As the summer of grift has rolled on into a fraudster’s fall filled with new schemes and financial chicanery that are seemingly revealed daily, one storyline has remained relatively consistent: the ongoing legal troubles of convicted Fyre Festival founder and confidence man Billy McFarland. Vice News reports that McFarland was sentenced to six years in prison with three years of supervised release today, and he was “ordered to forfeit $26,182,386, though it’s unclear how much of that, if any, he currently has.”
The sentence was handed down after McFarland pled guilty to a total of four counts of wire fraud earlier this year as part of the fallout from 2017’s failed Fyre Festival and the fake ticket scam he pulled while out on bail, NYC VIP Access. Through NYC VIP Access, McFarland managed to scam even more people out of “a minimum of about $150,000,” the New York Times reported, by selling fraudulent tickets to events like The Grammys — tickets McFarland obviously didn’t have. The Times also reports that two people who flew to this year’s Grammys with McFarland’s tickets in hand were turned away at the door.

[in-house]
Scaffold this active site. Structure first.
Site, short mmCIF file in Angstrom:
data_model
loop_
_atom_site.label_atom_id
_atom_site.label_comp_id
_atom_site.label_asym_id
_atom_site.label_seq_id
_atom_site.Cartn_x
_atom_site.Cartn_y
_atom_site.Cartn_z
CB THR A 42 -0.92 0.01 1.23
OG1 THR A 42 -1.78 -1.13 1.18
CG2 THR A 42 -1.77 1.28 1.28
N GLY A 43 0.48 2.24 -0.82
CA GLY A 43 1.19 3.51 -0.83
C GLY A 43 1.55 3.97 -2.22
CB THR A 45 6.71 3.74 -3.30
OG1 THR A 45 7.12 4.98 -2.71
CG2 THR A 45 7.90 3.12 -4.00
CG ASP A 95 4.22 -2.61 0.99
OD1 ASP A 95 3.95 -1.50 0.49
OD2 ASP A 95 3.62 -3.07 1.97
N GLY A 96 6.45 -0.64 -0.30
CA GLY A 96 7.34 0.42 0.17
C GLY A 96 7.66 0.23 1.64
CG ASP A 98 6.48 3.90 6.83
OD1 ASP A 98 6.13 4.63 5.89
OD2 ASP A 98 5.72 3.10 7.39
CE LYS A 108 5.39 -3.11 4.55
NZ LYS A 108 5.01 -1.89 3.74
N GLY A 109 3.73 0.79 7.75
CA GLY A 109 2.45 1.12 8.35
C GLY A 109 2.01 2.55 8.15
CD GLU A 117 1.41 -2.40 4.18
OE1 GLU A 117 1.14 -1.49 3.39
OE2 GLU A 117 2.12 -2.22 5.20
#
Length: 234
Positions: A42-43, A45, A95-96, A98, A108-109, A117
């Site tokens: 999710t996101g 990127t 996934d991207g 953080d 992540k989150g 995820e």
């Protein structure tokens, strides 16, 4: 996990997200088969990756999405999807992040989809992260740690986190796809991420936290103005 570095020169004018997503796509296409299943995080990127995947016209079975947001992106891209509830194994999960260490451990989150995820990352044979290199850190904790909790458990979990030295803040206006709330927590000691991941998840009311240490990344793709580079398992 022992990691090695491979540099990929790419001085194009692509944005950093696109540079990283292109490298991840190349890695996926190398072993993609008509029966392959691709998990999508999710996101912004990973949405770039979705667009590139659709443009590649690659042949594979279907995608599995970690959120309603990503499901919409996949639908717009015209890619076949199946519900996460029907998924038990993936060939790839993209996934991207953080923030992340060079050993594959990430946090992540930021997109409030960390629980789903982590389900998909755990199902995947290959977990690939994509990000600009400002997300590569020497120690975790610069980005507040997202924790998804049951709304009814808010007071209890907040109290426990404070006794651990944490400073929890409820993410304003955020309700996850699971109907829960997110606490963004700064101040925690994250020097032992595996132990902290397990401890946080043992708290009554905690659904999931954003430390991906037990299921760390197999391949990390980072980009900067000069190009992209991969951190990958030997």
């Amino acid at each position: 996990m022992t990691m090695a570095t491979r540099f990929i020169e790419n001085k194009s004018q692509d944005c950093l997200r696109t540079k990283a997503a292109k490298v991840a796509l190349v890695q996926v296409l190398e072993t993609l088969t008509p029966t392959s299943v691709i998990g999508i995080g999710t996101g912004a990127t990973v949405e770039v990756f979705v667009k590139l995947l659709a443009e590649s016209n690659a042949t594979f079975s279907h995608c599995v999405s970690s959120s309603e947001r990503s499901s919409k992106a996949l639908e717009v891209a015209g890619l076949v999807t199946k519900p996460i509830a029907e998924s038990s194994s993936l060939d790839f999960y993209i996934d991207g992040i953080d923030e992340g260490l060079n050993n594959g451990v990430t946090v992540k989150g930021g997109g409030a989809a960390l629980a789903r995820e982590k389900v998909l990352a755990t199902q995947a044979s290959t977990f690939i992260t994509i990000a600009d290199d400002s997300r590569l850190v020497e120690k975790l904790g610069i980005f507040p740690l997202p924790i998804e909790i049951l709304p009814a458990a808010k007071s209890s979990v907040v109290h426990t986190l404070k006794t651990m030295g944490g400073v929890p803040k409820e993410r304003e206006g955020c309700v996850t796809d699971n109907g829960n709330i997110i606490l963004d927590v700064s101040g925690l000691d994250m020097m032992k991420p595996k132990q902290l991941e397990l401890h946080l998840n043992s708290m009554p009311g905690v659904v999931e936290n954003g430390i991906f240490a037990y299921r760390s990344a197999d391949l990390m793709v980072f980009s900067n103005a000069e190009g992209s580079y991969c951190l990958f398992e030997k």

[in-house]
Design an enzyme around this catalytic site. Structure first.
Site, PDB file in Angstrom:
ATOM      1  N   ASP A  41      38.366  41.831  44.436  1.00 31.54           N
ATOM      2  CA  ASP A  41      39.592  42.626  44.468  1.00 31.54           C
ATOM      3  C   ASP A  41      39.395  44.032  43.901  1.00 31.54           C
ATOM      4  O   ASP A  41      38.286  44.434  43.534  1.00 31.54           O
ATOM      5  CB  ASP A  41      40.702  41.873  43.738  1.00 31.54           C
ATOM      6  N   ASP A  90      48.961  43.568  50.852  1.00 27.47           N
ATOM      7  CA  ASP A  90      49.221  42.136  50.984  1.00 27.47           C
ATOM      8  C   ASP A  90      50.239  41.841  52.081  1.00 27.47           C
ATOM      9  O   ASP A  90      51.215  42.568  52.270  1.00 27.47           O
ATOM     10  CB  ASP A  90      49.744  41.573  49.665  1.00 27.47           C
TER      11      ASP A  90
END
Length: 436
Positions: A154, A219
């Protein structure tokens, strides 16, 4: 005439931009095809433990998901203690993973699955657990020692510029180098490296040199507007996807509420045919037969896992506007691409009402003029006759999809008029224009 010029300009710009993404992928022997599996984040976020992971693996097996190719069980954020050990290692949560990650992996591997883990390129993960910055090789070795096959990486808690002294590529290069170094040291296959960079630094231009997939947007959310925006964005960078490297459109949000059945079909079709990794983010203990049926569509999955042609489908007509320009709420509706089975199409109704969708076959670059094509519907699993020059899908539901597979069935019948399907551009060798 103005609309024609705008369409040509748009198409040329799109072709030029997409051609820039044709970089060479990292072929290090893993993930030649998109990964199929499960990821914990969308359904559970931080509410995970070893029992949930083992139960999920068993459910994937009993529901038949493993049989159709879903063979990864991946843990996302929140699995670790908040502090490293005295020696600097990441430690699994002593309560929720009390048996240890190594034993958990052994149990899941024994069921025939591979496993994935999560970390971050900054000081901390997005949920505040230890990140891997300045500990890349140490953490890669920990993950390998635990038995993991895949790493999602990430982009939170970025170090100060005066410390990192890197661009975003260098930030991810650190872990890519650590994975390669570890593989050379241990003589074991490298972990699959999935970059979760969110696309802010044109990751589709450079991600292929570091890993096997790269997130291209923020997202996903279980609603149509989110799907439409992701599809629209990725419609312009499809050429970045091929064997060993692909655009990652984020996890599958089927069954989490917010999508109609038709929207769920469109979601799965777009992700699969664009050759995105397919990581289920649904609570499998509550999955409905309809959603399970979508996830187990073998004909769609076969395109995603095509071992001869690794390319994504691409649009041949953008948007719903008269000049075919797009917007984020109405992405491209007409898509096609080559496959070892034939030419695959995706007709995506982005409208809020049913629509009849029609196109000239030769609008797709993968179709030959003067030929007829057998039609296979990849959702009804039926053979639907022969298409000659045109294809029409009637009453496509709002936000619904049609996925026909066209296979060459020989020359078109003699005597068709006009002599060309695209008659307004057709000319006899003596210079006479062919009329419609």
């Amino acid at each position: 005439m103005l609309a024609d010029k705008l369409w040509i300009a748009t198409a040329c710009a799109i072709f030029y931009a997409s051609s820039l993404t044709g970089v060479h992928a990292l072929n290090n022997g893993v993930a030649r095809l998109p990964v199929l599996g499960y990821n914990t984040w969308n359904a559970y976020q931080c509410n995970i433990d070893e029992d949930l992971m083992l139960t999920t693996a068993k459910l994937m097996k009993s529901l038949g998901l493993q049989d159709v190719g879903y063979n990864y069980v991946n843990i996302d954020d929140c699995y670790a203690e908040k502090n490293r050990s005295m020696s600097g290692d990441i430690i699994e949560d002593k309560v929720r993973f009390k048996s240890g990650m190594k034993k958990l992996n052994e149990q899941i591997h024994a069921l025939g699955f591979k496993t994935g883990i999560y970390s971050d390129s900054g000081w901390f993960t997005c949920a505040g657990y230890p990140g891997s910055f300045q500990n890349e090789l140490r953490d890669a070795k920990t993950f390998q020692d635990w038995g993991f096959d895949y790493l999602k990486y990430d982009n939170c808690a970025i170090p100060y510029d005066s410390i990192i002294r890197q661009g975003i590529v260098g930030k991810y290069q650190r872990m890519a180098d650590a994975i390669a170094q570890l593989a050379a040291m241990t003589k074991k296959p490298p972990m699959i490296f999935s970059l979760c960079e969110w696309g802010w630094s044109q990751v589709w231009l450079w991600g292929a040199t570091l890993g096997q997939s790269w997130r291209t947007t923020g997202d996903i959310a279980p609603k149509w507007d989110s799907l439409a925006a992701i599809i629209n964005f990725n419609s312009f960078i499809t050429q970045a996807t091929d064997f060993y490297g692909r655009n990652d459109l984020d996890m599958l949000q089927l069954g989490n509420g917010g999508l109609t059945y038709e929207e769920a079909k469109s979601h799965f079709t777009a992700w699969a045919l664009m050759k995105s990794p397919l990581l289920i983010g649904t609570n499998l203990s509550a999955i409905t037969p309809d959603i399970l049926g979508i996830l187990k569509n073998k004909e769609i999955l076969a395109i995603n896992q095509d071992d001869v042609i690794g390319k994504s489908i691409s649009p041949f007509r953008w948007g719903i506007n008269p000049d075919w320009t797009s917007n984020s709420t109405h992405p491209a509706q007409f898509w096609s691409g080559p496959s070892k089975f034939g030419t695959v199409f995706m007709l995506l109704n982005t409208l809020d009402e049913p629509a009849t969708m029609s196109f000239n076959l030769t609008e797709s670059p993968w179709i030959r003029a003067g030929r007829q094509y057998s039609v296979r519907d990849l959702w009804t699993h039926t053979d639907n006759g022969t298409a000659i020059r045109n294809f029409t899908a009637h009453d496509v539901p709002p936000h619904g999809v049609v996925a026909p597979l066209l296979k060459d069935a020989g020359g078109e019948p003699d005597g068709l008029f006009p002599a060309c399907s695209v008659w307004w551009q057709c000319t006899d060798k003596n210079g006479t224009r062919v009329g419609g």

As Vice News reports, McFarland seemed pretty upset at his sentencing:
“The remorse I feel is crushing,” McFarland said, wearing a khaki prison jumpsuit and glasses before a packed courtroom of his family and victims. “I lived every day with the weight of knowing that I literally destroyed the lives of my friends and family.”
McFarland said “I’m sorry” multiple times during his sentencing hearing and begged U.S. District Court Judge Naomi Buchwald for leniency as his sister and mother wept and his father held his head in his hands. McFarland said he had faced violence in prison so far and that “the best way to be sorry is through my future actions.”
The judge wasn’t buying it, even after McFarland’s family begged for leniency — they said he was recently diagnosed with an untreated bipolar disorder — in a scene a little reminiscent of the penultimate episode of Netflix’s Maniac. By way of reply, Judge Buchwald gave this amazing quote: “It is my conclusion based on all the submissions that the defendant is a serial fraudster and that to date, his fraud, like a circle, has no ending.”
McFarland’s sentence, on the other hand, has an ending much sooner than it could have been: Vice reports that the maximum charges he faced could have included 20 years in prison.